He looks, listens and wants business relationships not to be fights, but rather cooperation on an equal footing. He sets prices for green coffee together with producers, exchanges coffee knowledge and thus ensures mutual growth. “For me, an expert is someone who continues to learn every day,” says Nikolai. This applies to both coffee quality and ethical trading.

Colombian green coffees from the farm to us

Nikolai works with various farms. From small businesses with 3 people to larger farms where around 100 people work during the harvest season, everything is included. It is important to him that he has a good rapport with the farmers and that they are willing to question processes together in order to improve quality and working conditions as well as to respond to customer requests, e.g. B. regarding the different methods for preparing green coffee.

Coffee harvest and processing in Colombia

It is harvested by hand. “It's just too steep for anything else, at least in the highland regions where we're traveling,” explains Nikolai. Most farms have a main and intermediate crop. This means that the harvest extends over 5 months of the year. Due to different climatic conditions, harvests take place throughout the year in Colombia. The least harvest typically occurs in July and August, Nikolai tells us.

The farmers prepare the harvested coffee cherries directly on the farm. Various techniques are used, from natural to honey to washed. After processing, the beans are dried. With washed coffee, the parchment skin usually still remains on the bean. In so-called milling stations, the beans are given the finishing touches using dry mills - called trilladora in Colombia. With DDC, Nikolai has now also purchased a drying mill to remove the parchment skins himself on site.

This is how Colombian coffee comes to Germany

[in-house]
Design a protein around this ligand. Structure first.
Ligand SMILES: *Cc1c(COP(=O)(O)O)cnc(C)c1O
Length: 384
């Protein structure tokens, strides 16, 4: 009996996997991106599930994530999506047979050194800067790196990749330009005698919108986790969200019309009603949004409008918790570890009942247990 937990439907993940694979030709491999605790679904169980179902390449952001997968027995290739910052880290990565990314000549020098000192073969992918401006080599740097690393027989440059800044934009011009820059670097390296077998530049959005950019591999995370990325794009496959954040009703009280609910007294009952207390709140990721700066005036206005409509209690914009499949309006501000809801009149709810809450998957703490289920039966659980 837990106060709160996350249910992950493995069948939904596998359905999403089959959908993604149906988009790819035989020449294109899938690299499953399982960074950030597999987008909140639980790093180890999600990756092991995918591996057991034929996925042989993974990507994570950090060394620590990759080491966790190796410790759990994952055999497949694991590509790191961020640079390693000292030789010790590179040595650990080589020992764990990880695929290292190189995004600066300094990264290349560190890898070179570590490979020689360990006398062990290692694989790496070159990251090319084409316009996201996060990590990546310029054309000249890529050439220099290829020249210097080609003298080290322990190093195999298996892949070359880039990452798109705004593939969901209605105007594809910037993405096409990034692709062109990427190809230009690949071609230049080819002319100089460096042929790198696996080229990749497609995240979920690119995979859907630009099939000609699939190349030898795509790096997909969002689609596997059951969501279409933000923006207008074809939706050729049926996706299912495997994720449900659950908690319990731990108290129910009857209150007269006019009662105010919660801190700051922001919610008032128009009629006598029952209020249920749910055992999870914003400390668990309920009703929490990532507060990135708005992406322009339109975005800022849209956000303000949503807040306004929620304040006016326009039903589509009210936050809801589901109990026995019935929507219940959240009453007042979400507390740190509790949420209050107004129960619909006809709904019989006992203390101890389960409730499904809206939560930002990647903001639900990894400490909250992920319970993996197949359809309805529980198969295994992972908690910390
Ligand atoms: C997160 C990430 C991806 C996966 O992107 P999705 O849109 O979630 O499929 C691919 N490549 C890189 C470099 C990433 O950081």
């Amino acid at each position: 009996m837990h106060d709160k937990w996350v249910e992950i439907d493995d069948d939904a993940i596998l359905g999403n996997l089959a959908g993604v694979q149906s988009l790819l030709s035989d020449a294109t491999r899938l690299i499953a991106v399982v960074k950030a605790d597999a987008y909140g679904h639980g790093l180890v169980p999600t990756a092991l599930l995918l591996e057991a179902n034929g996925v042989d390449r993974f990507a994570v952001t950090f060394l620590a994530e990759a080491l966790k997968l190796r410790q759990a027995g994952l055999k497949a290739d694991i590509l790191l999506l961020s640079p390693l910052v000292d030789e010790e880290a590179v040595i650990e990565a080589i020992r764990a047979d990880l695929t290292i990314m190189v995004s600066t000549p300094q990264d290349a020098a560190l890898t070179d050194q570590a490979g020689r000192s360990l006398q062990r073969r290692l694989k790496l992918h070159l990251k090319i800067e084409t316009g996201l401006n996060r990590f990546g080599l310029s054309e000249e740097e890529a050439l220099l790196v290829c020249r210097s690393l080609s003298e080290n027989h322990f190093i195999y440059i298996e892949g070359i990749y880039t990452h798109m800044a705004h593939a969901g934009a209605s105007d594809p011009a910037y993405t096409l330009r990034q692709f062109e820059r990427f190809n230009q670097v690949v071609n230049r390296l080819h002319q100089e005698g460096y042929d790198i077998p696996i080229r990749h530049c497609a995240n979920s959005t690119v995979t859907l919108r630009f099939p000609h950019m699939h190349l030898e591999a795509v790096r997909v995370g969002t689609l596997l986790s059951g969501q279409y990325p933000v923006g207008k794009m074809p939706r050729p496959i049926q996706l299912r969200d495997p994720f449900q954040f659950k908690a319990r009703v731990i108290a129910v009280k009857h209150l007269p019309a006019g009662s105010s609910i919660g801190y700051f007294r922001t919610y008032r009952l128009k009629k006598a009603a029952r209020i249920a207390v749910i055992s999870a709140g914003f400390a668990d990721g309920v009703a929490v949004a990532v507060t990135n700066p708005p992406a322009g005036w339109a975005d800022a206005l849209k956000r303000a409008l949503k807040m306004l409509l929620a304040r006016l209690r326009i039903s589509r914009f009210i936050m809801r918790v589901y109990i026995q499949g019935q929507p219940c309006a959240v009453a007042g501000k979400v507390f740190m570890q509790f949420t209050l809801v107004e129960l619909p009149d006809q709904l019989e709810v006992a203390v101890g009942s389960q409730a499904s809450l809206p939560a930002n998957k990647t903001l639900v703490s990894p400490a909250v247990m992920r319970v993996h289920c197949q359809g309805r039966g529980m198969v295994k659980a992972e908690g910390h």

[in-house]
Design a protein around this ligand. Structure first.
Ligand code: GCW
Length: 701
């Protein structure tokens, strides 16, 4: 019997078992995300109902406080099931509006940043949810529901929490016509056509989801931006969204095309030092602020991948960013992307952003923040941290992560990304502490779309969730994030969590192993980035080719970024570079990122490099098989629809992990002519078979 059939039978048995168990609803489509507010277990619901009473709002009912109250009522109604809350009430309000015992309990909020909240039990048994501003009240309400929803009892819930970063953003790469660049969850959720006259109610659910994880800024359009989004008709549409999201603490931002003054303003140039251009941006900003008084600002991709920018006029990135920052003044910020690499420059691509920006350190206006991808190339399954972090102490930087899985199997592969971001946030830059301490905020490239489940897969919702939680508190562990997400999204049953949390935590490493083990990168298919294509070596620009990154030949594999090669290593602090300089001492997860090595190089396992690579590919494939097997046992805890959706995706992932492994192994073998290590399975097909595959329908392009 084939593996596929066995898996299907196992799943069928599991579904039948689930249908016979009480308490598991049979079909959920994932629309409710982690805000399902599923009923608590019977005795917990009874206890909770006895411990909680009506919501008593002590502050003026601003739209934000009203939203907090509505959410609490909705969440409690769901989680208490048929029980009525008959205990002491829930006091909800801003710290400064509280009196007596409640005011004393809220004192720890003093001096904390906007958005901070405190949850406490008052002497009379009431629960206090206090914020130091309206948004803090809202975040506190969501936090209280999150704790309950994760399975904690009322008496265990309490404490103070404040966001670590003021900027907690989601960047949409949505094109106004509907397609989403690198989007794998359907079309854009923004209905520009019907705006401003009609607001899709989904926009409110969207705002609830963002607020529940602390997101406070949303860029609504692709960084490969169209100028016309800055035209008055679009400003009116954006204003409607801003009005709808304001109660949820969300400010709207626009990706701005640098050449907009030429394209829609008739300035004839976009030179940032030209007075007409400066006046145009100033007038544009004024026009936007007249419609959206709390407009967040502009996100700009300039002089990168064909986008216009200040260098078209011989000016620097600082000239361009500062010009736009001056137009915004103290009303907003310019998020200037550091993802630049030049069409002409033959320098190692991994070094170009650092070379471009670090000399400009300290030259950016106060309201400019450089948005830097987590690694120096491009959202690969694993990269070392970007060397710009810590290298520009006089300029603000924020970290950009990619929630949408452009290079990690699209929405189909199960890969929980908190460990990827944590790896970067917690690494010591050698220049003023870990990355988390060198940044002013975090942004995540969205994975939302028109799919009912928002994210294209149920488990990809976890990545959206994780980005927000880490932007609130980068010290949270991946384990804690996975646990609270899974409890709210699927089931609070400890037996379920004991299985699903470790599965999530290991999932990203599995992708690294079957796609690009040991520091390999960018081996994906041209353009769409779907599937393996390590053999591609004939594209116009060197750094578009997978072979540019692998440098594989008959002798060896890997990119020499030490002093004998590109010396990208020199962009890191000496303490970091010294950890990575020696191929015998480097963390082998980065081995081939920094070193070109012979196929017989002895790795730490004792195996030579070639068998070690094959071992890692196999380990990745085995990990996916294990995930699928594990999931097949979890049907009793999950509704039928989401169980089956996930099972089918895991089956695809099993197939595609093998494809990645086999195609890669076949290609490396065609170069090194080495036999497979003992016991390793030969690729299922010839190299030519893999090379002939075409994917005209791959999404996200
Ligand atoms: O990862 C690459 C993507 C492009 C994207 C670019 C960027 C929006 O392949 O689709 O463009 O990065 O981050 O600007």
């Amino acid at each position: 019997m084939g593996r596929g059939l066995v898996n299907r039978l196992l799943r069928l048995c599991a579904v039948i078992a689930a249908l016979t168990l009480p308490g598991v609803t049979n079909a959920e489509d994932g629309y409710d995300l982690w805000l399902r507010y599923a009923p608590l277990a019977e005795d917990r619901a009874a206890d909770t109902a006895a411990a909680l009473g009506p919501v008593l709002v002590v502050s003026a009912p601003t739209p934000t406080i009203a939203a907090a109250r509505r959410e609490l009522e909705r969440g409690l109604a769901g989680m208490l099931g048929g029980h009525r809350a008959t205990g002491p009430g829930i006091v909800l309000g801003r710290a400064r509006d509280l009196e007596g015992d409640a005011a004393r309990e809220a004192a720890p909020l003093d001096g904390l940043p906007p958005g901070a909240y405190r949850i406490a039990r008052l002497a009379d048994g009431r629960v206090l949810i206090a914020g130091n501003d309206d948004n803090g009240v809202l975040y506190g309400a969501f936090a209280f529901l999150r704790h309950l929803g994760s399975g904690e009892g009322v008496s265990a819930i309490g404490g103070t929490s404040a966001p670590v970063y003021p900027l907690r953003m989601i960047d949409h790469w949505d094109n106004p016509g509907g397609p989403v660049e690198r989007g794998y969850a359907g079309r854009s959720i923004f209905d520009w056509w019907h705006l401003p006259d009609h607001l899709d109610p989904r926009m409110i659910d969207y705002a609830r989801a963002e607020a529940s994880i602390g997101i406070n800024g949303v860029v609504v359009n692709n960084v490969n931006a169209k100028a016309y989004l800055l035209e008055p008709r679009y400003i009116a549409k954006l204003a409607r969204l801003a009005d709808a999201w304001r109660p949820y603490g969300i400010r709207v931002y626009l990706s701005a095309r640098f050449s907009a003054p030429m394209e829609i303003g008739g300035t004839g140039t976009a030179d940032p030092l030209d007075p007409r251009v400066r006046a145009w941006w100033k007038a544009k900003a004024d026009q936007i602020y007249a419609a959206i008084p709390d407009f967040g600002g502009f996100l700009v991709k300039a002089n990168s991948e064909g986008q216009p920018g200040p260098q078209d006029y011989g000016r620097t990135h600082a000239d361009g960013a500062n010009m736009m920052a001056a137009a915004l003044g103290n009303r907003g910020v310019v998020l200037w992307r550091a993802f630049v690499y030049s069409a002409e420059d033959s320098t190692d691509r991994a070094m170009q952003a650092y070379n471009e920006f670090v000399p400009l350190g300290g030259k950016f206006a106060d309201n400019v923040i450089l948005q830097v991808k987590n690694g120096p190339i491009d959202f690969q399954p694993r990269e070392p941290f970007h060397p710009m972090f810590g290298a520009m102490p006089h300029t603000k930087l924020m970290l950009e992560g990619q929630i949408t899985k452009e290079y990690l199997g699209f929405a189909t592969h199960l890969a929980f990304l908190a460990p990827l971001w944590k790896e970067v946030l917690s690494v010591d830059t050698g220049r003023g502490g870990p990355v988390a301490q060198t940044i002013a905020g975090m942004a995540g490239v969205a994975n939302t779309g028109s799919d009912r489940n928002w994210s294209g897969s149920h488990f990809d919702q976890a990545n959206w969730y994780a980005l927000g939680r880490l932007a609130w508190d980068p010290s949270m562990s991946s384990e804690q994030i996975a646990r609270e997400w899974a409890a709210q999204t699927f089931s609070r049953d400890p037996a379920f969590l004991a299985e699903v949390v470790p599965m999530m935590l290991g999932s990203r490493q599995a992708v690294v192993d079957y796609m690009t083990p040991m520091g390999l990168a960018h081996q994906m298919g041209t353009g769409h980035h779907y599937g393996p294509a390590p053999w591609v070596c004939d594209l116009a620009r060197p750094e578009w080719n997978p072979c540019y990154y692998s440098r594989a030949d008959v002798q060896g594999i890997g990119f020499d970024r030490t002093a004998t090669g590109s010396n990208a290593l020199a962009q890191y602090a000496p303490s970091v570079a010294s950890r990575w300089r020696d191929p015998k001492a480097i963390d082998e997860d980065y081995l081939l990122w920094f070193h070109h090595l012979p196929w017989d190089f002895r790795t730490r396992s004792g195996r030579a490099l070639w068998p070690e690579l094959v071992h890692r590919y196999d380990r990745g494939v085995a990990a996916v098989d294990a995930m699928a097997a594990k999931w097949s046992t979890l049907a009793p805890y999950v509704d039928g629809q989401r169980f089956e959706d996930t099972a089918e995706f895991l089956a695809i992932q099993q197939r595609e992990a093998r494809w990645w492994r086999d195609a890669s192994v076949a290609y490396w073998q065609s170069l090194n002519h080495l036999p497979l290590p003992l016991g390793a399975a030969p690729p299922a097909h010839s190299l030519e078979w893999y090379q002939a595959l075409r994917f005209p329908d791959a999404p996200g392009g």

In order to ship the green coffees from the region around Medellín to Germany, DDC works with the company Colombian Spirit. She takes care of everything bureaucratic with customs agents, the Federación Nacional de Cafeteros (National Association of Coffee Producers in Colombia, or FNC for short) and the anti-drug police. The green coffee beans then begin their journey to Hamburg via the ports of Cartagena and Santa Marta in northern Colombia.

You can read more about how coffee trading works and how we trade coffee in the linked article.

We currently have Colombia La Huerta, a fruity-floral filter coffee in our range, which we purchase from Nikolai. Omar Arango Tinoco grows the coffee on his farm Finca San Luis at an altitude of around 1,800 meters.

About sustainability, fairness and labels in the third wave of coffee

In the course of Third Wave Coffee we read and hear a lot about sustainability and fairness. In the rapidly growing specialty coffee scene, the important topics are increasingly in danger of becoming hollow marketing phrases. “Many roasters rely on what the importers say and don’t ask any further questions, e.g. B. what specifically resonates with the farmers,” says Nikolai. He would like to see more interest, mindfulness and curiosity from the roasters.

From Nikolai's point of view, there is still a lot to do when it comes to fairness. From his experience, the price of green coffee is usually around 16% of the roasted coffee price that the roasting companies sell to end customers. However, climate change is also accompanied by more and more crop failures, which can only be partially offset by price increases. Producers are increasingly looking for other crops or income opportunities. “Some roasters in Germany don’t want to pay more than €6 per kilo of green coffee. “Our standard coffee in Colombia costs €7.50 per kilo,” says Nikolai. “At €6 nothing is left hanging for the farmers.”

Nikolai tends to think little of labels. Here too, roasters and consumers all too often blindly rely on the good idea behind it. Direct cooperation with the farmers is much more important to him. This way he can see directly where what is happening and what effects it has. This is in stark contrast to a label whose specifications are checked once a year.

We would like to thank Nikolai for the conversation and hope that you got an interesting insight into the coffee world in Colombia. We would definitely like to recommend Colombia La Huerta to every filter coffee fan.

It's a wrap, thanks for reading!
This article was last updated on 01.08.2023. We regularly check our blog to make sure it is up to date and are always happy to receive feedback, either as a comment on the article or by email to nico@guentercoffee.com. Please note that all articles are published in German originally and some translations might not be perfect. If you spot an error, please let me know.